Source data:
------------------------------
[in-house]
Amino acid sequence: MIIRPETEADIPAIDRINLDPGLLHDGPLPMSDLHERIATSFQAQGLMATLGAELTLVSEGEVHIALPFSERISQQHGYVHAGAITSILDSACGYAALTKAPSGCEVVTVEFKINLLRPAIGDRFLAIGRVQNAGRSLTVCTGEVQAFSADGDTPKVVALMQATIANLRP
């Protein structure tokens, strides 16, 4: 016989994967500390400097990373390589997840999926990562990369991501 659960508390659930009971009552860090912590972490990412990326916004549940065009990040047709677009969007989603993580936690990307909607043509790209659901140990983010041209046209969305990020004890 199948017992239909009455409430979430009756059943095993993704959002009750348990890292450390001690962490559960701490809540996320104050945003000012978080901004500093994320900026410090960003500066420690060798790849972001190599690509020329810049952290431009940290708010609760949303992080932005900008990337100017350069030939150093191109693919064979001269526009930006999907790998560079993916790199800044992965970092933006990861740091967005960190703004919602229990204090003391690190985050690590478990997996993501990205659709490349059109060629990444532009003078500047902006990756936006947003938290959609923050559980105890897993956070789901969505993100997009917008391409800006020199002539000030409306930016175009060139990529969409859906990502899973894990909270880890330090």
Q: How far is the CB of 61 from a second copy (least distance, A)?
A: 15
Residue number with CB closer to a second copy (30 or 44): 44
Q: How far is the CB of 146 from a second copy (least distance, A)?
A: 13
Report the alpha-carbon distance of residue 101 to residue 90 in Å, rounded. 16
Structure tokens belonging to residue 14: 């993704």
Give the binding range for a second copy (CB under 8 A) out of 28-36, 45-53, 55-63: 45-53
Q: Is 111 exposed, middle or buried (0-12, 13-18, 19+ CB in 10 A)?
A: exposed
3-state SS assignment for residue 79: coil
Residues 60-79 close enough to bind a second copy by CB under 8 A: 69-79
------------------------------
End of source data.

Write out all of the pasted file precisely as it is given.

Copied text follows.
[in-house]
Amino acid sequence: MIIRPETEADIPAIDRINLDPGLLHDGPLPMSDLHERIATSFQAQGLMATLGAELTLVSEGEVHIALPFSERISQQHGYVHAGAITSILDSACGYAALTKAPSGCEVVTVEFKINLLRPAIGDRFLAIGRVQNAGRSLTVCTGEVQAFSADGDTPKVVALMQATIANLRP
């Protein structure tokens, strides 16, 4: 016989994967500390400097990373390589997840999926990562990369991501 659960508390659930009971009552860090912590972490990412990326916004549940065009990040047709677009969007989603993580936690990307909607043509790209659901140990983010041209046209969305990020004890 199948017992239909009455409430979430009756059943095993993704959002009750348990890292450390001690962490559960701490809540996320104050945003000012978080901004500093994320900026410090960003500066420690060798790849972001190599690509020329810049952290431009940290708010609760949303992080932005900008990337100017350069030939150093191109693919064979001269526009930006999907790998560079993916790199800044992965970092933006990861740091967005960190703004919602229990204090003391690190985050690590478990997996993501990205659709490349059109060629990444532009003078500047902006990756936006947003938290959609923050559980105890897993956070789901969505993100997009917008391409800006020199002539000030409306930016175009060139990529969409859906990502899973894990909270880890330090």
Q: How far is the CB of 61 from a second copy (least distance, A)?
A: 15
Residue number with CB closer to a second copy (30 or 44): 44
Q: How far is the CB of 146 from a second copy (least distance, A)?
A: 13
Report the alpha-carbon distance of residue 101 to residue 90 in Å, rounded. 16
Structure tokens belonging to residue 14: 């993704």
Give the binding range for a second copy (CB under 8 A) out of 28-36, 45-53, 55-63: 45-53
Q: Is 111 exposed, middle or buried (0-12, 13-18, 19+ CB in 10 A)?
A: exposed
3-state SS assignment for residue 79: coil
Residues 60-79 close enough to bind a second copy by CB under 8 A: 69-79